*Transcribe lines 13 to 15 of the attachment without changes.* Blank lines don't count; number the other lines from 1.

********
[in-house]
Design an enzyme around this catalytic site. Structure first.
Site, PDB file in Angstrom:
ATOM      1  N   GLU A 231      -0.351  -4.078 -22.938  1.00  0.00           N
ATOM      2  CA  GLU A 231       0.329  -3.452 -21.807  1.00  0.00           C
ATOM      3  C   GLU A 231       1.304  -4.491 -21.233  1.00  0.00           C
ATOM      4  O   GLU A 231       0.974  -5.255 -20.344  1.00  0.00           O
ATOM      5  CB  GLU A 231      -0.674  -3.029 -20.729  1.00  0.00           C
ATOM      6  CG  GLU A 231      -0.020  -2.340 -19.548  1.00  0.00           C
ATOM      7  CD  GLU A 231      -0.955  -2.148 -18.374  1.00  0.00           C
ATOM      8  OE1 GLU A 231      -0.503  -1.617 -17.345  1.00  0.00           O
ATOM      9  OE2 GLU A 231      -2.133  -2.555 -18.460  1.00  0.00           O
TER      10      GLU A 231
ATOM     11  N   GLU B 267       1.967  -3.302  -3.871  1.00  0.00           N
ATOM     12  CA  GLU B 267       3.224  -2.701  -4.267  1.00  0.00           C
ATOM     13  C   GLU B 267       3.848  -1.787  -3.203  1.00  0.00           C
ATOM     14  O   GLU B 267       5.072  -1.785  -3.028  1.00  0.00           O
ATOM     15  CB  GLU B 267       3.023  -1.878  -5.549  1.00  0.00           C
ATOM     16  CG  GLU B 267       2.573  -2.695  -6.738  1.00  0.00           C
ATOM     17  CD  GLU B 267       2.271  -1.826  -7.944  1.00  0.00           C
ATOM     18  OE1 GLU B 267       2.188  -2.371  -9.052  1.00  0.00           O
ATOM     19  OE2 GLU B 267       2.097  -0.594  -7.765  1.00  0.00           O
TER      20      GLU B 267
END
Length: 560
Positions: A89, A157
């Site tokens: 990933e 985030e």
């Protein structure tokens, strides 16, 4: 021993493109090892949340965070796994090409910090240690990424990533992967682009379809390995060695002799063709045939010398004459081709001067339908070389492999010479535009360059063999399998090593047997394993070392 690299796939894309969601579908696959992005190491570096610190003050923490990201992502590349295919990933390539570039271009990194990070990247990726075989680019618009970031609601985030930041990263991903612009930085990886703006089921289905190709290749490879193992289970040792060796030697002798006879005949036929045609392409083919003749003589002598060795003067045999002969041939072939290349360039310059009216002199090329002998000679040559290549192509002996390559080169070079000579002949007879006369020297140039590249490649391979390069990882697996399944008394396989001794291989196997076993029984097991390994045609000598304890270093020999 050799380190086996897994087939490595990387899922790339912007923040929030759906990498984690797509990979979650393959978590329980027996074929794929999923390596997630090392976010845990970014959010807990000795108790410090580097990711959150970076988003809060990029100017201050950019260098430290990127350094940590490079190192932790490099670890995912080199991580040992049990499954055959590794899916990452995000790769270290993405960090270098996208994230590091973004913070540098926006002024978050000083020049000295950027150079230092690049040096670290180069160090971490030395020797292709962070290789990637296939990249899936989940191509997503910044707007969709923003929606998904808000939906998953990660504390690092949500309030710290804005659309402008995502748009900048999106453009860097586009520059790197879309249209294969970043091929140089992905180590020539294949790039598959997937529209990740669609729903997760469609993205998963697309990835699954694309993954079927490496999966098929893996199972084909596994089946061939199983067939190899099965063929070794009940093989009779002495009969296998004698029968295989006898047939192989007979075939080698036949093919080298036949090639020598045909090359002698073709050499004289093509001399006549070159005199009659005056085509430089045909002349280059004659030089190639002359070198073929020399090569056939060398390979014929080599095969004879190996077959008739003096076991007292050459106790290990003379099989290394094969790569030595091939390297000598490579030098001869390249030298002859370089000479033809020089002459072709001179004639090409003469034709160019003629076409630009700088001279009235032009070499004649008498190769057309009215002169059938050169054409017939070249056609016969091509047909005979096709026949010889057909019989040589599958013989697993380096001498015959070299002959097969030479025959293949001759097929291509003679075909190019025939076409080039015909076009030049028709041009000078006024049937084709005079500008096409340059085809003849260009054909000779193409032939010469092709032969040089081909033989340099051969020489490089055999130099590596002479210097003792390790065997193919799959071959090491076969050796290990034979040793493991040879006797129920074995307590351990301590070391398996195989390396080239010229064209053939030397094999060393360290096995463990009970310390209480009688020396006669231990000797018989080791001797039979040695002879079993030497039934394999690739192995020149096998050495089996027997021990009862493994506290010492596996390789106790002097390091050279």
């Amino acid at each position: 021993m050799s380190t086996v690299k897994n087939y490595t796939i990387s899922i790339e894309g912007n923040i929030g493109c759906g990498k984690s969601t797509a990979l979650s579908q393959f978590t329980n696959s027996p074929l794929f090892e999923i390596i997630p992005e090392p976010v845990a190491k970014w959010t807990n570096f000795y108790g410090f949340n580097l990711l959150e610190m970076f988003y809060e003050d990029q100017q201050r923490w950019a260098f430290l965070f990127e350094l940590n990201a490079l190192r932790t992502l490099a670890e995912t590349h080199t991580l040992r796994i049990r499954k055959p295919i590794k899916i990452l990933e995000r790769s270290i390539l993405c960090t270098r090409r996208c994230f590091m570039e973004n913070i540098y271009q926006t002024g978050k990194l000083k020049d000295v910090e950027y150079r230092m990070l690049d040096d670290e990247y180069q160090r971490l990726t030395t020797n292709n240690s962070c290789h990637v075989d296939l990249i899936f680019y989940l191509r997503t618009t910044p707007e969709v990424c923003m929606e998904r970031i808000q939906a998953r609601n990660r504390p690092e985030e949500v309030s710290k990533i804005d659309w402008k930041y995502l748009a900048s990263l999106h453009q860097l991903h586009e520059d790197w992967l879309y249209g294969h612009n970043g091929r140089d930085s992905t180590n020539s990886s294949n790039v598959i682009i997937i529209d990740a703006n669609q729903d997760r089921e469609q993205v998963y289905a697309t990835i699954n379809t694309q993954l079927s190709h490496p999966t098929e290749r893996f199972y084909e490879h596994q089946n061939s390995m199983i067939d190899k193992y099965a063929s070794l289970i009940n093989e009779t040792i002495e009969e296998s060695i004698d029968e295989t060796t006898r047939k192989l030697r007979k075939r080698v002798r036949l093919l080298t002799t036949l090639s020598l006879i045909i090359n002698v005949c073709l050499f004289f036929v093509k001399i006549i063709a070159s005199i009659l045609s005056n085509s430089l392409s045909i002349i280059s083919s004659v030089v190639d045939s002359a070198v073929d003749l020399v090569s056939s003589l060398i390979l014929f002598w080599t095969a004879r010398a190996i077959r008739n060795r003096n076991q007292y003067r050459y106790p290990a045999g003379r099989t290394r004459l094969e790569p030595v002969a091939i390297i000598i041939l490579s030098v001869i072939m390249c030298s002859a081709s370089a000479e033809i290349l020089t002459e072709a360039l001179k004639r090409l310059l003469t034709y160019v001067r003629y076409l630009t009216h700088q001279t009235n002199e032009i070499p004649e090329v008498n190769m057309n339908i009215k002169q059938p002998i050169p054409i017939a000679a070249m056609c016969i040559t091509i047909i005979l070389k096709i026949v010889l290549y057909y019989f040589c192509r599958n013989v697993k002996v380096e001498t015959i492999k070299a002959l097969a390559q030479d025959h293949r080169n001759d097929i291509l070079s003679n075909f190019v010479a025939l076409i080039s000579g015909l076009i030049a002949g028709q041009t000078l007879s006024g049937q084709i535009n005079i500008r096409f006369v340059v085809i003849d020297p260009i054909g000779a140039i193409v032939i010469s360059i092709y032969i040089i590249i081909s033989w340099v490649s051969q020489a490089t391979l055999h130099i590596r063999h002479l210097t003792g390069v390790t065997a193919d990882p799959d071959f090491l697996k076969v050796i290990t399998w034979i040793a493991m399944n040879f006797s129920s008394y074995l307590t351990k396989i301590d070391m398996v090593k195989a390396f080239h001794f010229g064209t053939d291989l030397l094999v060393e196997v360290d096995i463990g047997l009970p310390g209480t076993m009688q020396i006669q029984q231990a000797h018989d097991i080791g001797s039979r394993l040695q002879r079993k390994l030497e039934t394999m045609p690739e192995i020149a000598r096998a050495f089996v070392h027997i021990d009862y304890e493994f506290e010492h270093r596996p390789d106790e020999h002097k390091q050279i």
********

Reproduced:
TER      10      GLU A 231
ATOM     11  N   GLU B 267       1.967  -3.302  -3.871  1.00  0.00           N
ATOM     12  CA  GLU B 267       3.224  -2.701  -4.267  1.00  0.00           C